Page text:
Africa's coastal country of Guinea is nicknamed the â€œwater tower of Africa,â€ thanks to the more than 20 rivers originating inside its borders, as well as its relatively high precipitation. Mangroves line much of Guinea's coast, but a 2008 report issued by the United Nations Environment Programme (UNEP) outlined growing pressure placed on these forests by the local population, especially after an influx of refugees from Liberia and Sierre Leone in the 1990s.
The city of Conakry, Guinea, originated on Tombo Island and spread up the Kaloum Peninsula, sandwiched between mangrove swamps. In the 1960s, the city had a population of fewer than 40,000; in 2006, it had a population of nearly 2 million. These natural-color images, acquired by NASA's Landsat satellites, show the city's dramatic growth from 1986 to 2000. Land and water features look similar to how they would look in a photograph by a digital camera. Water ranges in color from deep to pale blue, vegetation appears dark green, and bare ground and urbanized areas range in color from gray to beige to reddish-brown.
In the bottom image, acquired on January 3, 1986, the urbanized area stretches from Tombo Island past Conakry International Airport, yet vegetation remains on much of the peninsula. Urbanization concentrates on the southeastern side of the peninsula as fingers of vegetation wriggle inland from the northwest. In the top image, acquired on December 19, 2000, the fingers of vegetation have thinned to nearly nothing, and the city has spread all the way up the peninsula. Mangroves persist on either side of the city, but according to UNEP, the mangroves were being cleared for agriculture and harvested for firewood.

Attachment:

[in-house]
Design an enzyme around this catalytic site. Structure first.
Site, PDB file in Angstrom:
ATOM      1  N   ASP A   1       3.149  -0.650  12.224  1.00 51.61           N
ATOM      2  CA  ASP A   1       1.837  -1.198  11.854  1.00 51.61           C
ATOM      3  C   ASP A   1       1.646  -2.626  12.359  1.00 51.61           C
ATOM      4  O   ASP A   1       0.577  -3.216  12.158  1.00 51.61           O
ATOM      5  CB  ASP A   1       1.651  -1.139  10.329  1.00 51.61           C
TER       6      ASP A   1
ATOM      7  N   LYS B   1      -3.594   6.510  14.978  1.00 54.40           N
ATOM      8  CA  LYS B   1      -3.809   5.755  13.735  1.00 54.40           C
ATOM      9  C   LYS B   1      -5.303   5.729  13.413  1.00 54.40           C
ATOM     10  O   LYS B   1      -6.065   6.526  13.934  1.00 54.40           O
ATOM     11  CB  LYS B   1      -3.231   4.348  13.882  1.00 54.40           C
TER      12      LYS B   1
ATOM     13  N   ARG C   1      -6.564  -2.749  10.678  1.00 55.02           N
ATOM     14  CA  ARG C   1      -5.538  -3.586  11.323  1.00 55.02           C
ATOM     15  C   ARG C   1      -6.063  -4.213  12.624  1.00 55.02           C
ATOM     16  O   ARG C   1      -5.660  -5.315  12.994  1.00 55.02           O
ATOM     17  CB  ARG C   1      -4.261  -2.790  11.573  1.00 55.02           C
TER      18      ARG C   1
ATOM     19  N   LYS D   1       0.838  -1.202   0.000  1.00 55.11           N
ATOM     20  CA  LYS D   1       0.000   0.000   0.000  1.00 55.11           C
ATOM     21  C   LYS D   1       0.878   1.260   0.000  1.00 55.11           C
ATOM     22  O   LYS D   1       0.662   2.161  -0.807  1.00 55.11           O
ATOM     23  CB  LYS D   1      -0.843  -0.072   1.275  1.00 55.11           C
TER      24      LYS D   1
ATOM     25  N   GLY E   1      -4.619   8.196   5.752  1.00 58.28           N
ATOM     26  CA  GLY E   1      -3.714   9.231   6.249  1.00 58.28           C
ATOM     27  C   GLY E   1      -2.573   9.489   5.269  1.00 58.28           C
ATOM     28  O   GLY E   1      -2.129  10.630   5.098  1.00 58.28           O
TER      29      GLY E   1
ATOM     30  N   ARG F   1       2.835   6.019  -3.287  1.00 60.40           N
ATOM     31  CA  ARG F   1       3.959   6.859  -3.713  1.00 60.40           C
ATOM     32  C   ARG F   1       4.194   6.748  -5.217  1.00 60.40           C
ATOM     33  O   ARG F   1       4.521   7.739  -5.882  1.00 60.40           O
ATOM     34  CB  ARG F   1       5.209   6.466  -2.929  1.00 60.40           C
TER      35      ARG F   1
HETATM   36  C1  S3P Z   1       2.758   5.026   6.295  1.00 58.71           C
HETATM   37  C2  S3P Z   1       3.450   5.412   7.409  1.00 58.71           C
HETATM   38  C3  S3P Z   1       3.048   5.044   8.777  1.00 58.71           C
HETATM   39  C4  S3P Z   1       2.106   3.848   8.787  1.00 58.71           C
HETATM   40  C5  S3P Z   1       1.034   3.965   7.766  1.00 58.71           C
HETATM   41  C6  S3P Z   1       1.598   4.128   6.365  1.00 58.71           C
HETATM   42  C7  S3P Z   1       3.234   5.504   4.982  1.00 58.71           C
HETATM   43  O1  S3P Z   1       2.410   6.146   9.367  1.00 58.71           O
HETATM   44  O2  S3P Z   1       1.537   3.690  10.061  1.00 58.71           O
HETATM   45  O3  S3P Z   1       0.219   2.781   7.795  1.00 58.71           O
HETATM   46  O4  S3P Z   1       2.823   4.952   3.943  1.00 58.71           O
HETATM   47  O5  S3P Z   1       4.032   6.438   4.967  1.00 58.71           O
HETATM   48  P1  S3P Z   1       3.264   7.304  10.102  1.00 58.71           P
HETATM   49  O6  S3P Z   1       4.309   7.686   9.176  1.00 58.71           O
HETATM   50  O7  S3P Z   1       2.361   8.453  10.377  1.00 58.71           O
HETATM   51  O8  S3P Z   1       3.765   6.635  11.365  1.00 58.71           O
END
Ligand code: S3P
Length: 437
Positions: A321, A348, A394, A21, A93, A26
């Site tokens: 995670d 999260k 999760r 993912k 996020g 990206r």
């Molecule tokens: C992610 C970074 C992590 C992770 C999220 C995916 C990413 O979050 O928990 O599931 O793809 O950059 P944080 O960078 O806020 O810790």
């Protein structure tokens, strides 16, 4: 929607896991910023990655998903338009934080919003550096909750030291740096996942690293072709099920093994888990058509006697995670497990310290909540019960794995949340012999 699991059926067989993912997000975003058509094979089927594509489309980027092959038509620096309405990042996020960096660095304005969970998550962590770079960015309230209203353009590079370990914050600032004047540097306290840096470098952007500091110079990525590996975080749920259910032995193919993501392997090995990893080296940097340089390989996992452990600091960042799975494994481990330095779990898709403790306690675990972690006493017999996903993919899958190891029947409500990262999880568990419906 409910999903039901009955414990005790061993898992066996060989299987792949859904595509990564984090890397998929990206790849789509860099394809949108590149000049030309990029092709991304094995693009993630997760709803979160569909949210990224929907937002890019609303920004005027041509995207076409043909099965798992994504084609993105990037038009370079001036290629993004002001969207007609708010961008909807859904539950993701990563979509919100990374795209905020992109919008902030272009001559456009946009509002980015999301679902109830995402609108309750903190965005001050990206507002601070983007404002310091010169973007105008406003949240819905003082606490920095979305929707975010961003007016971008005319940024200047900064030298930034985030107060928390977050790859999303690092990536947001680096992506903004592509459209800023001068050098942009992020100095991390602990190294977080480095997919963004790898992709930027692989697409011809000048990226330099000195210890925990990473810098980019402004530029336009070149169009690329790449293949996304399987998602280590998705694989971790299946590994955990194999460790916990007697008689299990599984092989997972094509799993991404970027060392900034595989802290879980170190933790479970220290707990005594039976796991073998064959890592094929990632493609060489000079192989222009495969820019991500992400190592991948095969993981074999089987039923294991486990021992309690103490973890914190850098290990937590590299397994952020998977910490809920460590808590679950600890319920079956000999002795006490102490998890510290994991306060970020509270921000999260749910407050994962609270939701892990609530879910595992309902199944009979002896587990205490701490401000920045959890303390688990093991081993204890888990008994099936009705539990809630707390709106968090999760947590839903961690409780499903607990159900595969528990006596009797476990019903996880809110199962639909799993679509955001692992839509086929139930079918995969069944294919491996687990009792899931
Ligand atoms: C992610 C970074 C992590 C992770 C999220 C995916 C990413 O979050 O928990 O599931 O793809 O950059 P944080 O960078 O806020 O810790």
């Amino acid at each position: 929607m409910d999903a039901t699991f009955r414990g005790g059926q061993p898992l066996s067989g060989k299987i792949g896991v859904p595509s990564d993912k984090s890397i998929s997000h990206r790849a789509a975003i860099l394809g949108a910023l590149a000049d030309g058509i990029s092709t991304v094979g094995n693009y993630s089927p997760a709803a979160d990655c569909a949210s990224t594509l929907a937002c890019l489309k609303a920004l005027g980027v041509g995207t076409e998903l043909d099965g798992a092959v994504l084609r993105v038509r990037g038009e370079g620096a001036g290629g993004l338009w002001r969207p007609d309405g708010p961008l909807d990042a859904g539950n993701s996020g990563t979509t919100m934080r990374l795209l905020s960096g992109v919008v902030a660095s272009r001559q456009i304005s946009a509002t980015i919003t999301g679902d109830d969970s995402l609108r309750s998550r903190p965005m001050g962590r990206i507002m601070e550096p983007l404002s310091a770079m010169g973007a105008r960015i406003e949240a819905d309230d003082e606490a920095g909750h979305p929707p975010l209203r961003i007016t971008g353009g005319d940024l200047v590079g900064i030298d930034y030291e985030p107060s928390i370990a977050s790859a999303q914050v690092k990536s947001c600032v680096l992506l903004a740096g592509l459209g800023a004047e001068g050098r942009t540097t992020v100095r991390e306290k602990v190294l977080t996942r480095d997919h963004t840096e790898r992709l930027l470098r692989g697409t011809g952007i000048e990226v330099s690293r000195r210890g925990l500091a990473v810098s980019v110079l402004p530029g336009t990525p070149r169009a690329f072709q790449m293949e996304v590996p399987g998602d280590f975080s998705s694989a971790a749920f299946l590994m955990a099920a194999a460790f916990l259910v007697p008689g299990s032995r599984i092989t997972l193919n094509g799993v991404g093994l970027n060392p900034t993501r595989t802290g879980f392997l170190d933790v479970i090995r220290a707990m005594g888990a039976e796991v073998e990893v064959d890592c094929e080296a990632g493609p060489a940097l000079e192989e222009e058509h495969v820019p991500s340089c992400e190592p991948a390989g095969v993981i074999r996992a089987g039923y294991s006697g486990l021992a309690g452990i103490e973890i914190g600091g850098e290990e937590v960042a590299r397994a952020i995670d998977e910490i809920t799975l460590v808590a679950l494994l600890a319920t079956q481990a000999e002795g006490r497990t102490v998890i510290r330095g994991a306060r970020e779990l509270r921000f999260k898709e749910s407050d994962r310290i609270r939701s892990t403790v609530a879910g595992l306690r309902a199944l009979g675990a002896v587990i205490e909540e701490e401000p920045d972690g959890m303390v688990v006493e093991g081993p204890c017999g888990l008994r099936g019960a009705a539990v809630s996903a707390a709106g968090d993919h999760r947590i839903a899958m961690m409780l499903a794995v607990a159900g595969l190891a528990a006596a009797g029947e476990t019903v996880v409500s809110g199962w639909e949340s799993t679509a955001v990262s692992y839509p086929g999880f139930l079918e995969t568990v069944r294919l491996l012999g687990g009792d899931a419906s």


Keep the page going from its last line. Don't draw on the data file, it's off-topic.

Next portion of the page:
Besides reporting growing urbanization, UNEP also reported Guinea's progress in environmental sustainability. Between 1990 and 2005, the proportion of protected land area increased, as did access to improved sources of drinking water and sanitation. Per capita carbon dioxide emissions and the percentage of urban dwellers living in slums decreased during the same period.